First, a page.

Cosmos brings back a childhood memory. In fact, I think that seeing this flower was the first time I became aware of flowers as living entities. We did not have a garden, just a backyard. But my best friend was the baker’s son. They lived on the street corner and had a garden at the back of the bakery. Nothing grand – a few chickens and a small flower border at the foot outside stairs leading to the flour loft. And, there they were – a drift of dainty bright colours, floating over feathery foliage. We were given a packet of seeds – probably by Roger’s mother, Mrs Woolcott, who thought it might encourage this ragamuffin to take an interest. We carefully buried the seeds in an old disused sink under the apple tree. We covered them with what we called dirt – about six inches. A day later and nothing had happened, so we applied water which produced a grey-black soup. Over the following weeks my horticultural education seeped away, rather like the dilute mud through the plughole of the sink
The result of this sad but salutary experience? 70 years later, almost to the week I should think, I’m still surprised when my seeds germinate. And, excited, too! So, share my excitement and share my Cosmos. They are probably best planted in three’s or five’s – but I only have a dozen so be quick. A rather shorter blog today as there is much else to do.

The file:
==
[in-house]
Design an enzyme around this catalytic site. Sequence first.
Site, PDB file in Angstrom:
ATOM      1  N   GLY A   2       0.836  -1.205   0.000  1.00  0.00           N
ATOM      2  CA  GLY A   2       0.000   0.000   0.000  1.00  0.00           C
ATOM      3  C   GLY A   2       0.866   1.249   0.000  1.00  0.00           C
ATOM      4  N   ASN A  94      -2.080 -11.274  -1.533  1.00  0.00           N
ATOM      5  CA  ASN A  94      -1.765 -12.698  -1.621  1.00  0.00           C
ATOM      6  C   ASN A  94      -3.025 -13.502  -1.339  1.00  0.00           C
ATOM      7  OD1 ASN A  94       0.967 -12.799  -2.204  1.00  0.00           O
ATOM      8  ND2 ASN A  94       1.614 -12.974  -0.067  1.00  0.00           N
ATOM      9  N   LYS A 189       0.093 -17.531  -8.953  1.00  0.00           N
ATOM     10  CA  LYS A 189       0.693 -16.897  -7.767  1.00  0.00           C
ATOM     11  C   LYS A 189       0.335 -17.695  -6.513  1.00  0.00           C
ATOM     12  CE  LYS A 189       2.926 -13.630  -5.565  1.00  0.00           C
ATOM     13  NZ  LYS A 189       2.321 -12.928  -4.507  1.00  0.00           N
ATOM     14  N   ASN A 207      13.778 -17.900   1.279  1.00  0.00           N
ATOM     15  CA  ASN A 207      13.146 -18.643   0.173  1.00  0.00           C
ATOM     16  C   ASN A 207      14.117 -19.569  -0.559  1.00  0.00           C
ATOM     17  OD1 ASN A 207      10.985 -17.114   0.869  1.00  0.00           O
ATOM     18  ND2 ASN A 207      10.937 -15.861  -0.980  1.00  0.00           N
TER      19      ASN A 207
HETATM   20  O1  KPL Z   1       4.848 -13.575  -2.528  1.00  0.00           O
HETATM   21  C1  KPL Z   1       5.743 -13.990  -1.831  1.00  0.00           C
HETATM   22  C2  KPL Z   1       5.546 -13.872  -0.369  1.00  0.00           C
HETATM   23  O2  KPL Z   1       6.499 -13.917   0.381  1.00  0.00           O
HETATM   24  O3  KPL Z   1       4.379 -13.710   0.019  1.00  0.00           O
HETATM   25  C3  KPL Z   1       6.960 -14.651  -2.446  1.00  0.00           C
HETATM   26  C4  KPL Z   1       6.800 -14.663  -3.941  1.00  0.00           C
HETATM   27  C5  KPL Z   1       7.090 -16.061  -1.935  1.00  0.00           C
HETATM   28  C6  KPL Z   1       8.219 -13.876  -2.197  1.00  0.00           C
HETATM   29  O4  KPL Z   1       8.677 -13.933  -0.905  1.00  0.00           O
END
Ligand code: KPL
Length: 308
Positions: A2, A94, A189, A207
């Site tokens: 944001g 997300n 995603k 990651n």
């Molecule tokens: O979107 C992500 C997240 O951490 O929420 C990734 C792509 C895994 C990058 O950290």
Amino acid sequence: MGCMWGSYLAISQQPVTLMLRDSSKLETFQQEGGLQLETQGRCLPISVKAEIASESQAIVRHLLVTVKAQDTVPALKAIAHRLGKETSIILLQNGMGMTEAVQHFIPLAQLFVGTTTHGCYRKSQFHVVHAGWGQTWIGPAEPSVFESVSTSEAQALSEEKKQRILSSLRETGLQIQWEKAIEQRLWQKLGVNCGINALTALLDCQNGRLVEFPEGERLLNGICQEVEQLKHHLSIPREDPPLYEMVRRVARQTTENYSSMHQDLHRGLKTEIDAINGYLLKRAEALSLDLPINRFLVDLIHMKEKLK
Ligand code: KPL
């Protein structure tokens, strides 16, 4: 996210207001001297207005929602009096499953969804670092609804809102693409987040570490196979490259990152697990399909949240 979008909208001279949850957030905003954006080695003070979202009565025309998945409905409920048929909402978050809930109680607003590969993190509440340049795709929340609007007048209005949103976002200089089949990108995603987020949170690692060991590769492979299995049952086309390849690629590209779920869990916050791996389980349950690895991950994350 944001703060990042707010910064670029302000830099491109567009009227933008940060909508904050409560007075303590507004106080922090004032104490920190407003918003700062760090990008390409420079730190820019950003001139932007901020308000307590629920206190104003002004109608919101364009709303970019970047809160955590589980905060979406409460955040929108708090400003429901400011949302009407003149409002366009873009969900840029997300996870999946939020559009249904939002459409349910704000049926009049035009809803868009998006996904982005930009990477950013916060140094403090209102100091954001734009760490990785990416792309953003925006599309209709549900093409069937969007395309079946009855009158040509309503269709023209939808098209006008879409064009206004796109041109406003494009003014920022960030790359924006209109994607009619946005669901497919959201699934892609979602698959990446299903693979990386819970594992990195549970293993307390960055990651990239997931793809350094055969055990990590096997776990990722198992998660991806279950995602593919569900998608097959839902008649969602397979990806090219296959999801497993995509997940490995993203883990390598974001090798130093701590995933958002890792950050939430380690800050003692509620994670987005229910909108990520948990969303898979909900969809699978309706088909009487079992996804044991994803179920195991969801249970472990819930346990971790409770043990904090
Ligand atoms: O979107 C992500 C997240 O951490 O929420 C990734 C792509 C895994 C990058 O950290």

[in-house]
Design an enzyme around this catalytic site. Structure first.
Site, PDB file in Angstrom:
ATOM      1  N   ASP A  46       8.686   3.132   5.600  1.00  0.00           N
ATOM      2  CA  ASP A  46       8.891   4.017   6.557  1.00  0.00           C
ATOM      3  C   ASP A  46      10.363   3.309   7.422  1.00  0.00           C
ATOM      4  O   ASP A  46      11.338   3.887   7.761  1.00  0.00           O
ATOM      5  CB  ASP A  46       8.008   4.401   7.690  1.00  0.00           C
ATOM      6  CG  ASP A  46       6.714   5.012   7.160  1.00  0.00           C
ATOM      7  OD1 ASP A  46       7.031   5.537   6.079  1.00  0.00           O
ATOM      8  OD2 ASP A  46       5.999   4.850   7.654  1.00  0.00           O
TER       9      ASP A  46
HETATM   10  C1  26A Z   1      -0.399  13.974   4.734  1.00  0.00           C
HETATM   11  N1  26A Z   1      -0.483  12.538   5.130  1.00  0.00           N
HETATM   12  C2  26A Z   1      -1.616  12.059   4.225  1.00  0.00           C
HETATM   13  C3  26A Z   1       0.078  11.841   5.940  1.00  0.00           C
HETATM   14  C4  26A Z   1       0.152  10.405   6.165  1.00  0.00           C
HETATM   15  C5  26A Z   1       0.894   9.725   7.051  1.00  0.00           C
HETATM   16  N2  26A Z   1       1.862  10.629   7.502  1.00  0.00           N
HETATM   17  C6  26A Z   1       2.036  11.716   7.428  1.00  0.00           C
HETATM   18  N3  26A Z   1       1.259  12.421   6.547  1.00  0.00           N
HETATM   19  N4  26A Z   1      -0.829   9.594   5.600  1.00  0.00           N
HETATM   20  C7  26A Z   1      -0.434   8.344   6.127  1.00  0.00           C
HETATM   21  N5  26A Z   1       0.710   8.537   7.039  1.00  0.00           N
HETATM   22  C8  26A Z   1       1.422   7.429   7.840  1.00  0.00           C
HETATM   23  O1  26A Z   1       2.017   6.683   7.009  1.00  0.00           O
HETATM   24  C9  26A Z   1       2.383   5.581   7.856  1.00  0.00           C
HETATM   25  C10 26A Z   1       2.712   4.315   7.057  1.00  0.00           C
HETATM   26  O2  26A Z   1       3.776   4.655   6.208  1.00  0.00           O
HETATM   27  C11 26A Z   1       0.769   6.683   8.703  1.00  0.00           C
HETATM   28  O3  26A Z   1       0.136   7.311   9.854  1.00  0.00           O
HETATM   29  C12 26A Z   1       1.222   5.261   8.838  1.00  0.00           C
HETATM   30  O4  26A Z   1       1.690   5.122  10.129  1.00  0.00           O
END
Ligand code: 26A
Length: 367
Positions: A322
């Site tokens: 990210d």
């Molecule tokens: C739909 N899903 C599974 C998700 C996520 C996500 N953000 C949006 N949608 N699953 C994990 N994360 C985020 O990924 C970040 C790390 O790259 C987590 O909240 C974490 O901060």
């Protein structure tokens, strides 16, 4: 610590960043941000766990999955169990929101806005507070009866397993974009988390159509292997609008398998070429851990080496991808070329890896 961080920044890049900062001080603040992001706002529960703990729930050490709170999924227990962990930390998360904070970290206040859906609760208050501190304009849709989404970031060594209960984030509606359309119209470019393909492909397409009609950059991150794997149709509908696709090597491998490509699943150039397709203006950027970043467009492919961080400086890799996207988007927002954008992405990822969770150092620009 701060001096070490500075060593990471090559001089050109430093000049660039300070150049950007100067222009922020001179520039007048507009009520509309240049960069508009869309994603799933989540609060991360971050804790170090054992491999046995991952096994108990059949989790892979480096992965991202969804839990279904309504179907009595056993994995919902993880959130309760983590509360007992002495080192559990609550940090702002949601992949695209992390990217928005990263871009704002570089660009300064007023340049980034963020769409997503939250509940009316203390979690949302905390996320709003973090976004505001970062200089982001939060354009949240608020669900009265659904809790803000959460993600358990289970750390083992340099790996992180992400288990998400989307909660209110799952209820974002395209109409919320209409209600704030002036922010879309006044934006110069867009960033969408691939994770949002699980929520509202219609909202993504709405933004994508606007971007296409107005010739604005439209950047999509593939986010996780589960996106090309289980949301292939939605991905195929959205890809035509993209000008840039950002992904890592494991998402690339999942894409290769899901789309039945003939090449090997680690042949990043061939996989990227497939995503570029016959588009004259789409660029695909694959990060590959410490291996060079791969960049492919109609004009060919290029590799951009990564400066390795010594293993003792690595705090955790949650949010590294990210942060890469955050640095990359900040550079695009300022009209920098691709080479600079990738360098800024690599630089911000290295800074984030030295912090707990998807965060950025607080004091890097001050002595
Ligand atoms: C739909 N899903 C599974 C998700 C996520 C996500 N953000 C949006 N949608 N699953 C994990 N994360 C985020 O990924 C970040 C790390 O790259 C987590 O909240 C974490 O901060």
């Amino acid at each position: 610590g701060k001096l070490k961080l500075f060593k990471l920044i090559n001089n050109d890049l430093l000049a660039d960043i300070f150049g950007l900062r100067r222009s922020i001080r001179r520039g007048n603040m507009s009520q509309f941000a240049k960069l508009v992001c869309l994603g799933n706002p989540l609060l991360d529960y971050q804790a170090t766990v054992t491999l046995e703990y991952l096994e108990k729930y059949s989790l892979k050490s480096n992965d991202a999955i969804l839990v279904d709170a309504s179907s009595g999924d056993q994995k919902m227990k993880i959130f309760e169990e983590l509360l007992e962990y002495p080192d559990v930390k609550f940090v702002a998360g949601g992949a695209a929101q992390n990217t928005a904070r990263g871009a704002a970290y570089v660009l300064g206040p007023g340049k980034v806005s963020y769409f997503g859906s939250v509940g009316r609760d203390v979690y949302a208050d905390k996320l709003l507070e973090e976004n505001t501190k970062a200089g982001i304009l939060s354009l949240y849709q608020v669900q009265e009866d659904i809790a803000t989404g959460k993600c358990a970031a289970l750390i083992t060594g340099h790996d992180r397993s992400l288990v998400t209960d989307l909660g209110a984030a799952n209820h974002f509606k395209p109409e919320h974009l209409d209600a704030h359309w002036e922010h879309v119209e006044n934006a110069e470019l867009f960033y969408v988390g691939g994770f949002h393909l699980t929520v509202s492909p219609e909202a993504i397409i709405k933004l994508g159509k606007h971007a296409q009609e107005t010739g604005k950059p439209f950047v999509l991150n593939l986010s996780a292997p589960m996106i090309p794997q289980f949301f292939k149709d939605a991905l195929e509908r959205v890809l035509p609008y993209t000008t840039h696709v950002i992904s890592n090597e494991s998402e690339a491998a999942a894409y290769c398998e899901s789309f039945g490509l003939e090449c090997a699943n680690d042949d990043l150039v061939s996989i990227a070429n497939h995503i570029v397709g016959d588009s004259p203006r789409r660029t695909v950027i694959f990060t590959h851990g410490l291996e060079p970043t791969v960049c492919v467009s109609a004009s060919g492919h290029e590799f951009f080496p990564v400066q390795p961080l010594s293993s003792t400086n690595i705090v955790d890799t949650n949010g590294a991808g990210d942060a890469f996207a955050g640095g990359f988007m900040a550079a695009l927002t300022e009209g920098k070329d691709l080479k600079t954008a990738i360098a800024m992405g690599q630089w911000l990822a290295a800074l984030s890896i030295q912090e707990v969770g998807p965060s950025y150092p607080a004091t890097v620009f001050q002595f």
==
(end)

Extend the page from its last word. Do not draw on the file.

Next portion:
But I cannot resist sharing with you my temperature reading with you. Not mine, exactly, rather the compost heap – and, bear in mind, that reading is in Celsius not Fahrenheit. Good compost is the powerhouse of the garden. Want to know the secret? Tune in again tomorrow …
Hold on – another telephone order has just come in. So that will be another three or five Cosmos spoken for. And, whilst we are on hold, just look at the Azalea (photo right) brought on by the rain. We need both, don’t we? Not just the sun, but the rain, too
Best wishes from the old Garden Codger